Britain’s freezing winter is now springtime for US energy businesses
Published: Dec 14, 2022 08:14 PM
UK US relations Illustration: Liu Rui/GT

UK US relations Illustration: Liu Rui/GT

The showpiece measure in Britain's efforts to protect its energy security since the start of the war in Ukraine has been a new deal this month to double its supplies of liquified natural gas (LNG) from the United States.

However, what is described as the "UK-US Energy Security and Affordability Partnership" signed by Washington and London offers neither security nor affordability for Britain. The lucrative deal will, however, make wealthy American energy producers even richer than ever

British people in fuel poverty are currently struggling to keep warm in a sub-zero cold snap, and prime minister Rishi Sunak has sold the agreement as a triumph to help them through it. People are told it will help to keep homes warm, lights on and industry in business. Cue a huge sigh of relief from an anxious population. Except that it is more than that. It is a deal wrapped up in misdirection, deflection, outright lies and hypocrisy, of all which conceals the true economic and environmental cost. It also hides a big secret.

To begin with, the US is not doing this just to help a long-standing ally in distress. It is driven not by largesse. It is doing it because, as with a similar deal struck with the EU earlier this year, it is good business: controversial American fracking giants stand to earn billions of dollars from the transaction and for Joe Biden it is a welcome shot-in-the-arm for the US energy sector. 

It is reported that every shipload crossing the Atlantic will earn $150 million - and there are going to be an awful lot of ships. At those prices, the US will want to bestow as much largesse as the UK can afford. It is business. Let's not pretend it is anything else.

It is also wrong to suggest to the British public that this will help them through the Winter; the deal has been signed too late for that. Fuel prices are already at record highs and this week a report predicted that real poverty will affect almost half of the population during 2024. Government assistance has been paltry and in these circumstances people are desperate for good news. But Winter will be grim.

And while there is a genuine need for security of supply, this deal is as much about politics as it is about practicalities. It includes provision for collaboration over green energy and nuclear technologies and the setting up of a joint action group from Downing Street and the White House, the first meeting of which has already taken place.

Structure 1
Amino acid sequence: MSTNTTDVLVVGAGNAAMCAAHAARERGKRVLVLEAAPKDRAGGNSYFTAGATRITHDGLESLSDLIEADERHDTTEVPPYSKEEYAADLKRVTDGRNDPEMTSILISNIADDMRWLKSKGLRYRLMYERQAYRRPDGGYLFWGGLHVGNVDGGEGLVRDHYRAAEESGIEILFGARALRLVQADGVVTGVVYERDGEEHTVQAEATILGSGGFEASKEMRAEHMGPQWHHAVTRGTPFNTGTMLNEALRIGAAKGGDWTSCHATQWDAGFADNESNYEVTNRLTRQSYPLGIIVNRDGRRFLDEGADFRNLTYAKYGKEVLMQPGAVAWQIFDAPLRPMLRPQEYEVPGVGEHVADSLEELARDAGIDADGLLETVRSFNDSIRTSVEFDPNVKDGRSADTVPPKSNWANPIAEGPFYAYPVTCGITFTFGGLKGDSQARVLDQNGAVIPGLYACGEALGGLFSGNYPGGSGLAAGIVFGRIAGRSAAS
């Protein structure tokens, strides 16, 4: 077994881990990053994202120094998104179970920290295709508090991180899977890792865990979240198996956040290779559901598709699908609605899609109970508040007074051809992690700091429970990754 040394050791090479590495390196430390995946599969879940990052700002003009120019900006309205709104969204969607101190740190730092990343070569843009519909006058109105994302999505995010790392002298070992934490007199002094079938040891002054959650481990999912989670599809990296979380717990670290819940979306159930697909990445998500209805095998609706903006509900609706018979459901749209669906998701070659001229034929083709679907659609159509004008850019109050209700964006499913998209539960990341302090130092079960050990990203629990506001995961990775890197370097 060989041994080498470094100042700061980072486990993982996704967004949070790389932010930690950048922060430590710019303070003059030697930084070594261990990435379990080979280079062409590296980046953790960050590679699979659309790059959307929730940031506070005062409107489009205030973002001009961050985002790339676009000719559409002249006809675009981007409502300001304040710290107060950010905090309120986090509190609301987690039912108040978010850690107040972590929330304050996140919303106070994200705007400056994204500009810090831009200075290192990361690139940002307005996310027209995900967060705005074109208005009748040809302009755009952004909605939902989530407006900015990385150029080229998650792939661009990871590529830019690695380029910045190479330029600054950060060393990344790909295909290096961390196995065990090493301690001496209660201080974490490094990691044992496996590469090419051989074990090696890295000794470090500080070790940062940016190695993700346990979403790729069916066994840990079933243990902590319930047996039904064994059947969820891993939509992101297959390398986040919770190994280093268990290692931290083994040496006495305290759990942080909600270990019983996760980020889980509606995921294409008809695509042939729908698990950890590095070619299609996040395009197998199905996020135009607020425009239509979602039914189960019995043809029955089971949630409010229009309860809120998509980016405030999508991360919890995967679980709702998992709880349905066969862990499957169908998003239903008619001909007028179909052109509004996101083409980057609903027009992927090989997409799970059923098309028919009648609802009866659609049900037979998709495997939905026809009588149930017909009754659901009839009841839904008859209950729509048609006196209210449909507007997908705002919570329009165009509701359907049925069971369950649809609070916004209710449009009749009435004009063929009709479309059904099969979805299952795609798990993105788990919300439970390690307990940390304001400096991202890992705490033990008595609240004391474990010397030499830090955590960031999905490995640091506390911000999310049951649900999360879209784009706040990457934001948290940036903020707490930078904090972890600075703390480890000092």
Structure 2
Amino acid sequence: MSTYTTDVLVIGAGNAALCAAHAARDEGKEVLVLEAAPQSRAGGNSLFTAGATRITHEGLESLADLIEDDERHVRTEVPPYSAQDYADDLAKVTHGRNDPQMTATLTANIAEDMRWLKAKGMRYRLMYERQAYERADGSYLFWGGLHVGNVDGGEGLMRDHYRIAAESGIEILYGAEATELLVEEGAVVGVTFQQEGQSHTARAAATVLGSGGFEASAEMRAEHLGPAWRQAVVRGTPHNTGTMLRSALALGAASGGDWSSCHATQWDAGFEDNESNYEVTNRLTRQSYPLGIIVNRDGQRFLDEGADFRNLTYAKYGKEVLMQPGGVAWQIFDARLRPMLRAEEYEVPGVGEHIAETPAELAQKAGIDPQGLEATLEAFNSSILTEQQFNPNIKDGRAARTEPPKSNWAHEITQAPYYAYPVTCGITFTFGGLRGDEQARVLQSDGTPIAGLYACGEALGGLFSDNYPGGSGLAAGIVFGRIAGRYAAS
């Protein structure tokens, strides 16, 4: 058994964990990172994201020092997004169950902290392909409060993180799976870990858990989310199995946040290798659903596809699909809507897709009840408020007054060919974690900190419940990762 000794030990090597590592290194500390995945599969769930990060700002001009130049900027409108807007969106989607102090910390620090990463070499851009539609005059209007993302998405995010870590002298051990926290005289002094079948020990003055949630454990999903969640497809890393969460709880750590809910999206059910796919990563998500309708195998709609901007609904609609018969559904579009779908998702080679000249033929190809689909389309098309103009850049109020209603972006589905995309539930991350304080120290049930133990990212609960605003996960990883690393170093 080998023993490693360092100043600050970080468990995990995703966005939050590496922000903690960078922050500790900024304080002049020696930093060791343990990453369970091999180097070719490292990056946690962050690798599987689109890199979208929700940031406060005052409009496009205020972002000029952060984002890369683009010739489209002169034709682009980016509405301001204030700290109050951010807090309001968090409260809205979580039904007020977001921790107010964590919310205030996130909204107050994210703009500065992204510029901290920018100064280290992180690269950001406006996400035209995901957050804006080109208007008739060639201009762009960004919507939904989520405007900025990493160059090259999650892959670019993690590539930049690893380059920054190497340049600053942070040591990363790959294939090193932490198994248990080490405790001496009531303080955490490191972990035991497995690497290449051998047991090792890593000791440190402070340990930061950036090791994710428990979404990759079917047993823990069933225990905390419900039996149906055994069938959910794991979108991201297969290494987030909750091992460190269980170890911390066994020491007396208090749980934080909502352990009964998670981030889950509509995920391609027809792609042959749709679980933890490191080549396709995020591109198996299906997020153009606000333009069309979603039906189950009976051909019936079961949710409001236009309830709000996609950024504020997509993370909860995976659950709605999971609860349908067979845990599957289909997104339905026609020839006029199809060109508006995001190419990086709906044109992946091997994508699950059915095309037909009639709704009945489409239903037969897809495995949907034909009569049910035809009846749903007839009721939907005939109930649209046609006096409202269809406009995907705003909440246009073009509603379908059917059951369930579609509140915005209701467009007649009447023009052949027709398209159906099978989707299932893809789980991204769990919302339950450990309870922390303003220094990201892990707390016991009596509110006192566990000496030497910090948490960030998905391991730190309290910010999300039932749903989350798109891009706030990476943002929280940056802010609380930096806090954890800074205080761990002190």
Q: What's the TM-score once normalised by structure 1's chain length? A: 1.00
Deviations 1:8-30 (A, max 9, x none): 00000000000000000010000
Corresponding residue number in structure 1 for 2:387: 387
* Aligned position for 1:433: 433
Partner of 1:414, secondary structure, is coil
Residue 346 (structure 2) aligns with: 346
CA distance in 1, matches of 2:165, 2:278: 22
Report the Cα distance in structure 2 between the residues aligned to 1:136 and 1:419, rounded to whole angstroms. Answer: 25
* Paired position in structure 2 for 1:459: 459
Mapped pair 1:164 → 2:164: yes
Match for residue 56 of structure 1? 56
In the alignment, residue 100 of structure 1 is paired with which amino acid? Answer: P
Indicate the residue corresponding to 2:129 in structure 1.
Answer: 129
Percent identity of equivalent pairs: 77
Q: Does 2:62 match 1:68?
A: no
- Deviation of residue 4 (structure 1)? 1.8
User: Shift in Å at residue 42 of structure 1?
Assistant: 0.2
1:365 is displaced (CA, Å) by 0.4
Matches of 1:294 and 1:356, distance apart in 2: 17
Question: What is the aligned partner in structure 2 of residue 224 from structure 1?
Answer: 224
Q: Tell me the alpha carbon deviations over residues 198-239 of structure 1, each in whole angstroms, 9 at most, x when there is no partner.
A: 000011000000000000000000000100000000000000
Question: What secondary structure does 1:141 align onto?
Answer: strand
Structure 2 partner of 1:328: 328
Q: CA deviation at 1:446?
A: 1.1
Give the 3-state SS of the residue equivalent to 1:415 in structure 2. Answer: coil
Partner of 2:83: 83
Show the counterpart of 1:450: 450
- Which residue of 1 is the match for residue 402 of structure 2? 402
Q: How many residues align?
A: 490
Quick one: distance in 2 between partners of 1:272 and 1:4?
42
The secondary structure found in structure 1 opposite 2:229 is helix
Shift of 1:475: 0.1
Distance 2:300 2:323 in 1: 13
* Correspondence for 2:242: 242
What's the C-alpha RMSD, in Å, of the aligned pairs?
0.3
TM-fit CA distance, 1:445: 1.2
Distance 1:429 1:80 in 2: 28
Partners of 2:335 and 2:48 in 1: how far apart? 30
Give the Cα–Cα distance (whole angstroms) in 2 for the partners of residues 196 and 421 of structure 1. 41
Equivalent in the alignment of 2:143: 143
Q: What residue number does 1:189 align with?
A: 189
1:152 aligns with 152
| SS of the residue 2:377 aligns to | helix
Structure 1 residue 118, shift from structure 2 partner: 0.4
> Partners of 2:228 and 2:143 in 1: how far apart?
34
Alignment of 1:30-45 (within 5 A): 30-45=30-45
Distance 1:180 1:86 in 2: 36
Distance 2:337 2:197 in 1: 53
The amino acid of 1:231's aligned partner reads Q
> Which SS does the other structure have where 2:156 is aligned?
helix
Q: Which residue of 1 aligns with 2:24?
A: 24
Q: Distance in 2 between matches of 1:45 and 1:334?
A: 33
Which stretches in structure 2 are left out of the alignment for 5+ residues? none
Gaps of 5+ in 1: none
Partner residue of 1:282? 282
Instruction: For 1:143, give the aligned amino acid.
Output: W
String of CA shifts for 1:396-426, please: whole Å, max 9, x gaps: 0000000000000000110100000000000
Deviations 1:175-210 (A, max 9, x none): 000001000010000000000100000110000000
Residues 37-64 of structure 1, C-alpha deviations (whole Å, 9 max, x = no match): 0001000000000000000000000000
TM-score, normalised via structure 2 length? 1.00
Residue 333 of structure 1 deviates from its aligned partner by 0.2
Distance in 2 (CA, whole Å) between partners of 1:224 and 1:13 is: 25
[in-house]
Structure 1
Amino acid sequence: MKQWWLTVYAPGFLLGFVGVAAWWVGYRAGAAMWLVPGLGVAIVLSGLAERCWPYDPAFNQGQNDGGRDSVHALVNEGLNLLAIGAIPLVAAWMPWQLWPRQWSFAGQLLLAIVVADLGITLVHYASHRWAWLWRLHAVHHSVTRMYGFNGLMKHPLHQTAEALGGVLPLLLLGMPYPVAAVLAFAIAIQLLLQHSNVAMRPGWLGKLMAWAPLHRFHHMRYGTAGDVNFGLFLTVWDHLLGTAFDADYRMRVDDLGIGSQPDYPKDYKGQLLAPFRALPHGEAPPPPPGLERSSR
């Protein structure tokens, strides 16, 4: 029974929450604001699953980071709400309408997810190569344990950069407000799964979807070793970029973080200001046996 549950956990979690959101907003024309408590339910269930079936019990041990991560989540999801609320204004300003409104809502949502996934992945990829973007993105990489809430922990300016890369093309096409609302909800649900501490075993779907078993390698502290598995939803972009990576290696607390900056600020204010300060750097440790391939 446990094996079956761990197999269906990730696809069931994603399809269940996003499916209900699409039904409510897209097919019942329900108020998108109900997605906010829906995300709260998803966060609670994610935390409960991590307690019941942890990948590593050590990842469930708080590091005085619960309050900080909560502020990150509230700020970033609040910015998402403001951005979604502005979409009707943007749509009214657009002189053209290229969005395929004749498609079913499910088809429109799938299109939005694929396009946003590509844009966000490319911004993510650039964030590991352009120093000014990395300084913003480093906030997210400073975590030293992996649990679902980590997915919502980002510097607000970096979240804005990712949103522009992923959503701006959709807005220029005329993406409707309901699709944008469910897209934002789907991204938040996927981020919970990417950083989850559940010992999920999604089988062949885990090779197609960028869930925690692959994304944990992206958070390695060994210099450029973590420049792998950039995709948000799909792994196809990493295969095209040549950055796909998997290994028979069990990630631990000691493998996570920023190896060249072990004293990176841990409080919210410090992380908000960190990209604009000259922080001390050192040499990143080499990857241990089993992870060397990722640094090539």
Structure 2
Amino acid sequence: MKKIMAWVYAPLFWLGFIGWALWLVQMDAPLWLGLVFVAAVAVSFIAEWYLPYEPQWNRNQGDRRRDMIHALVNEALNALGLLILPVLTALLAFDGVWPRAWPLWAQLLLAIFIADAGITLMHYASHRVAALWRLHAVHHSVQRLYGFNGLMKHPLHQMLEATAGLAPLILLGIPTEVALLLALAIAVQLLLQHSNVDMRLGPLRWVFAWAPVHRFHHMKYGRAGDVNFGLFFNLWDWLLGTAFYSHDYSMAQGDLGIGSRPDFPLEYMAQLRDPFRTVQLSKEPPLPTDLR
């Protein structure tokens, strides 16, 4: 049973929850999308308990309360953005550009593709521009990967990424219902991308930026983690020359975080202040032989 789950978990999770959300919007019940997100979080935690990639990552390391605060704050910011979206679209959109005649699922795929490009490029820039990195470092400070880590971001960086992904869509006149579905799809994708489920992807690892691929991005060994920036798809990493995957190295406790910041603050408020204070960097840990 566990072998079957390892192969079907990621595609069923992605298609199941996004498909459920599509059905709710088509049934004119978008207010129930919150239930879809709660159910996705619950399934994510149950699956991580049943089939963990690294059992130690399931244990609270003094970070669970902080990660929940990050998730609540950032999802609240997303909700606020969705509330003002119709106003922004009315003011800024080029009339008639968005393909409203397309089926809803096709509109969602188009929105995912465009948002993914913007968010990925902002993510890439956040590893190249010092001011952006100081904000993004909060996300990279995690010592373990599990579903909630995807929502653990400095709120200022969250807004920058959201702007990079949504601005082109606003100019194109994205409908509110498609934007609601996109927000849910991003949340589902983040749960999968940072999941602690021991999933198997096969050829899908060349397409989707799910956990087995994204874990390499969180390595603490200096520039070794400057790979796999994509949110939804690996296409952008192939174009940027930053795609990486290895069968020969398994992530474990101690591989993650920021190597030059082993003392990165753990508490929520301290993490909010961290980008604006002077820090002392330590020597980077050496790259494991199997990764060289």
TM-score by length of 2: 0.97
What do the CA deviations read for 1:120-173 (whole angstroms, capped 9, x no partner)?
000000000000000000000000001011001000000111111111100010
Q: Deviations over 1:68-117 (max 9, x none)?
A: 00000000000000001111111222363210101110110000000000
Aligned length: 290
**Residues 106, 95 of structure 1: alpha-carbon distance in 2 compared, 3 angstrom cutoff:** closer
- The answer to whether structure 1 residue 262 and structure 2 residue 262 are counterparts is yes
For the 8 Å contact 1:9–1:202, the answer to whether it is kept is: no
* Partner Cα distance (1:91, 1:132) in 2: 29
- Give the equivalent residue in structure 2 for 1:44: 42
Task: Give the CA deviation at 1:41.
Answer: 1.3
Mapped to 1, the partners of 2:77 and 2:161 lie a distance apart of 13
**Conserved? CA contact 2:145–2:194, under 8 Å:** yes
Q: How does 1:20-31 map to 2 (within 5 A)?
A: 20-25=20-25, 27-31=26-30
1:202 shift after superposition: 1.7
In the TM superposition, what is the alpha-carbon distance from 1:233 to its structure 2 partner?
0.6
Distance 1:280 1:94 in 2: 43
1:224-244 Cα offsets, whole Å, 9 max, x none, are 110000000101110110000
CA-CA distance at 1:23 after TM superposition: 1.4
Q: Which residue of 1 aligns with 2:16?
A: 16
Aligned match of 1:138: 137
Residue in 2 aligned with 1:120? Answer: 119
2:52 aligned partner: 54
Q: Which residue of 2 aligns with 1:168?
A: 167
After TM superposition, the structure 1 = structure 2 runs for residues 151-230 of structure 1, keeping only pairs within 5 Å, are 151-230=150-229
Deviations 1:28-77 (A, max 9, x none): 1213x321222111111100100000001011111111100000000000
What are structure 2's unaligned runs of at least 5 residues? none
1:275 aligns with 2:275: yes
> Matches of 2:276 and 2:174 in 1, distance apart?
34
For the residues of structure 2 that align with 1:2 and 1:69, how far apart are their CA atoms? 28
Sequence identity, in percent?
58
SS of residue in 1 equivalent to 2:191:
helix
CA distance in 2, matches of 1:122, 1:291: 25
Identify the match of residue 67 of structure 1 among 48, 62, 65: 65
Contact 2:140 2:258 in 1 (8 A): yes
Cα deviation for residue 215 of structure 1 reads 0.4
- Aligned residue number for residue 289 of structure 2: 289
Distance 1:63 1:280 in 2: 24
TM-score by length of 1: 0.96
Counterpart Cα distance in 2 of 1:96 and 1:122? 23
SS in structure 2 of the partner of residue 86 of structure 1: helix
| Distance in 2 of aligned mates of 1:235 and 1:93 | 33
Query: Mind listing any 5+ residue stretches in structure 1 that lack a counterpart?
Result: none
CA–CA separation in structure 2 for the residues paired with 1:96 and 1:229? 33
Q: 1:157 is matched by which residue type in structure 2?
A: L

This deal will over time only draw both countries ever closer in the area of energy security and it is obvious which "partner" will emerge dominant: America will call the shots. Britain will be so dependent on the US in this critically important area one wonders in what others it may find itself irresistibly bowing to Washington's will. It's a kind of coercive commercialism. And when the war is over, the bonds will seem unbreakable.

But the big secret, the elephant in the room, is that this crisis - and the need for the deal - is almost entirely self-inflicted. It is an act of self harm resulting from the Western sanctions placed on Russia after the invasion of Ukraine. You can debate whether or not these actions were the right thing to do, but you cannot deny that fuel shortages and high prices, and the need to run to America for help, are the consequences. Trade sanctions have forced countries to look elsewhere and their heads turned to the US.

There is an argument that having an ally as your energy source is better than relying on country at war, such as Russia. But can it ever be a good thing to be overwhelmingly reliant on one country for a strategic resource like energy? Under the deal, the UK will buy an eighth of its LNG from the US. Is it good to allow the US - or any country - to consolidate and consummate dominance in this way? Are these particular sanctions even working if Russia's loss of gas exports is more than balanced by the consequential pushing up of prices, bolstering its revenues from the rest of the world? 

The sanctions sent a message of disapproval to Russia, and those who imposed them may feel they occupy the moral high ground. But is it real action, or virtue signaling? Either way, the cost is being met by the ordinary people of the sanctioning countries. It seems a primary consequence of sanctions against Russia has been to make people in the UK poorer and colder and - thanks to this deal - energy producers in the States even richer than they already are, reaping the rewards of Uncle Sam's proxy war in Ukraine.

The author is a journalist and lecturer living in Britain. opinion@globaltimes.com.cn